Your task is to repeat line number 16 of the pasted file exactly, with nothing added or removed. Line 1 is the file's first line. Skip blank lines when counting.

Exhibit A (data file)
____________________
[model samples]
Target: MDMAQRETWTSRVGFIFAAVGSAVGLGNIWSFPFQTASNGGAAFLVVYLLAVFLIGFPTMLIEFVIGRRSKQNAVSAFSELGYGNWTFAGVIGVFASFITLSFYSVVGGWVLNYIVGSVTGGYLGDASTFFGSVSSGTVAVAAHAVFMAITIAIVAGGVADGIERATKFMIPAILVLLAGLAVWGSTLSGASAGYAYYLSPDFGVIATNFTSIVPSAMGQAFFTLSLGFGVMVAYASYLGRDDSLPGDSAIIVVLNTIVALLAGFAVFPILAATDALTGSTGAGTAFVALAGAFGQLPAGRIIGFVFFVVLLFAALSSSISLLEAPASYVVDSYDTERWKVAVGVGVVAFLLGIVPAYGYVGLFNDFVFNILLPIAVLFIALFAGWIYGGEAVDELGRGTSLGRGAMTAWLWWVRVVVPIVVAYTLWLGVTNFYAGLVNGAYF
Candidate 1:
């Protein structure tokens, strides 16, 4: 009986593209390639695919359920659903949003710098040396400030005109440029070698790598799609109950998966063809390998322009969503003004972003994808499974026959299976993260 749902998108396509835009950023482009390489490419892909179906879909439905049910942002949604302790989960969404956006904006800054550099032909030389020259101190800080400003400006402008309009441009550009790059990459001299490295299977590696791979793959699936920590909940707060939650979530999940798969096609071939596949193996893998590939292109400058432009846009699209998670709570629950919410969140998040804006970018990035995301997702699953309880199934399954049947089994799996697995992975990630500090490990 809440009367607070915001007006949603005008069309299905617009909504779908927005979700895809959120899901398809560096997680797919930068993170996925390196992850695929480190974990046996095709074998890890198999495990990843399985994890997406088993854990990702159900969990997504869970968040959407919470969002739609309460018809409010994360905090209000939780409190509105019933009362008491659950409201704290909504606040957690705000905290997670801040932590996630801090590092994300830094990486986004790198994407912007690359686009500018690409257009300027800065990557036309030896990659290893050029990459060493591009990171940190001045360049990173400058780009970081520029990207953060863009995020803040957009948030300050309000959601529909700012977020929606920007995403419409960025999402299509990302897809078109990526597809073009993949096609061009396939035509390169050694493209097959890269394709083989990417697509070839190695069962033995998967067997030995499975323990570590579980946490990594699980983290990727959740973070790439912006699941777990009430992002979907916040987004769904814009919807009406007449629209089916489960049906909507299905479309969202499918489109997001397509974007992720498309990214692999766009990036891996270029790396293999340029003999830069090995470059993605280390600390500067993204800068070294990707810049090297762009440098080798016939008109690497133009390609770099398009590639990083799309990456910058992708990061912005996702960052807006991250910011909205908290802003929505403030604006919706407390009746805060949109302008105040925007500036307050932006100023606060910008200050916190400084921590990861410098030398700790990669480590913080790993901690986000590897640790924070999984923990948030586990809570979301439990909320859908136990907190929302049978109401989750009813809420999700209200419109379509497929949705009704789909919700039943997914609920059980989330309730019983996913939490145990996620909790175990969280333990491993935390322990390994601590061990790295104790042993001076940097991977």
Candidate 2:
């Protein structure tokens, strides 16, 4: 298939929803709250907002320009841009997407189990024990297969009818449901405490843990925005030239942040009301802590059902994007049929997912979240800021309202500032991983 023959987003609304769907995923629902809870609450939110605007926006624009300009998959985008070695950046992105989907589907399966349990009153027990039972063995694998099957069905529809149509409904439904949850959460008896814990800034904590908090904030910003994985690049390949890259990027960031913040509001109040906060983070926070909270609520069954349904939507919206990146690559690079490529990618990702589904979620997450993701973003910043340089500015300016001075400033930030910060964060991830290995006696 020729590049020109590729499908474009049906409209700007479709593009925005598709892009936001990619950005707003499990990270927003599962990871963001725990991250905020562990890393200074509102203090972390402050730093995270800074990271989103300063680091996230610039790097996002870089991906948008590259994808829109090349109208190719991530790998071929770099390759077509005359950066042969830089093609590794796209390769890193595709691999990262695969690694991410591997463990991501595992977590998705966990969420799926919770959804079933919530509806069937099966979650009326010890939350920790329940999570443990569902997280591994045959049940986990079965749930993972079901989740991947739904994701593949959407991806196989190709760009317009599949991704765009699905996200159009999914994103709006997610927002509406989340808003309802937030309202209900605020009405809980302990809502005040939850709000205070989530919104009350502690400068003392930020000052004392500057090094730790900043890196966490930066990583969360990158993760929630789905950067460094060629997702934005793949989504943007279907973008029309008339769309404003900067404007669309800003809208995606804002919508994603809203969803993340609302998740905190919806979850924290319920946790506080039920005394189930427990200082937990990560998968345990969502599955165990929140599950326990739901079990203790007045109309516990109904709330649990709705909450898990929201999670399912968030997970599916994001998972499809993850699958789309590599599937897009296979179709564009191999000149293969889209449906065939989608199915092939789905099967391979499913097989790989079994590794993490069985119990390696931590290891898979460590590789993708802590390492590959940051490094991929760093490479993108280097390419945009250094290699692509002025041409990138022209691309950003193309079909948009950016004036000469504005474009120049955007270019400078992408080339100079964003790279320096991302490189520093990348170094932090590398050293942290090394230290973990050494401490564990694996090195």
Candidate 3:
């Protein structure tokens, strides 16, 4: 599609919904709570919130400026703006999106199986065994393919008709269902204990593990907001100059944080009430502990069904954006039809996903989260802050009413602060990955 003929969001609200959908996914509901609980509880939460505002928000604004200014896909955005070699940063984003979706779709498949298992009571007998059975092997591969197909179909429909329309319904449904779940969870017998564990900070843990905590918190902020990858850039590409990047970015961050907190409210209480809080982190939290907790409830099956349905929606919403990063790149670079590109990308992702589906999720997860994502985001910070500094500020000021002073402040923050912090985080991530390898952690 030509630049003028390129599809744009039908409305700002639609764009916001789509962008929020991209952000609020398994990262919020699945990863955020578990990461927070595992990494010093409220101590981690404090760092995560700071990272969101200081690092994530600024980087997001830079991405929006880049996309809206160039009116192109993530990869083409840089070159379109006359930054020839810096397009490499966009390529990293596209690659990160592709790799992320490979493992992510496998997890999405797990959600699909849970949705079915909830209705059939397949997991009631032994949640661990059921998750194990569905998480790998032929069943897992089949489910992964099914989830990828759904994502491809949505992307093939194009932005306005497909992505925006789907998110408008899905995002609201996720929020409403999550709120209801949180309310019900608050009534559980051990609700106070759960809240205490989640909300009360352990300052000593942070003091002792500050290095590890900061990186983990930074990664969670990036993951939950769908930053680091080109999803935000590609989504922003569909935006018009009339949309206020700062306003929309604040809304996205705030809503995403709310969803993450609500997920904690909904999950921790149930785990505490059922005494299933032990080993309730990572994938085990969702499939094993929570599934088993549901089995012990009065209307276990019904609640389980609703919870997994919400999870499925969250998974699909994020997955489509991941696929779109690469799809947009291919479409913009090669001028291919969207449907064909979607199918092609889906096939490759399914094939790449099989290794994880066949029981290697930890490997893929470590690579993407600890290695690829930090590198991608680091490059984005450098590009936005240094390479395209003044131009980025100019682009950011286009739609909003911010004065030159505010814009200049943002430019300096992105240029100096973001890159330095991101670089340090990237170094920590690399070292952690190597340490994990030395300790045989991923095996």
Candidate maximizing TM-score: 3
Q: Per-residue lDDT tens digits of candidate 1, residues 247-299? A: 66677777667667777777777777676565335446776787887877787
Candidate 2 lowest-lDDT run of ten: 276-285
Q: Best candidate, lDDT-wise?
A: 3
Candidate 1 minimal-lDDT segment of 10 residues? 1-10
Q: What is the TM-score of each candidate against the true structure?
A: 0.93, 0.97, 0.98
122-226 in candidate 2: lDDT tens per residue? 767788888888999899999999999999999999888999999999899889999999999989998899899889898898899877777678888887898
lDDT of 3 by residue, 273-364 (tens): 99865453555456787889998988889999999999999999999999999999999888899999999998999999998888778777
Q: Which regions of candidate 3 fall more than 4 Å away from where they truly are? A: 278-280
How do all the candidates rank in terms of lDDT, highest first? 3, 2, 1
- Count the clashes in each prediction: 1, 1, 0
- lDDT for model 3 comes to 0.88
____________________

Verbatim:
A: 0.93, 0.97, 0.98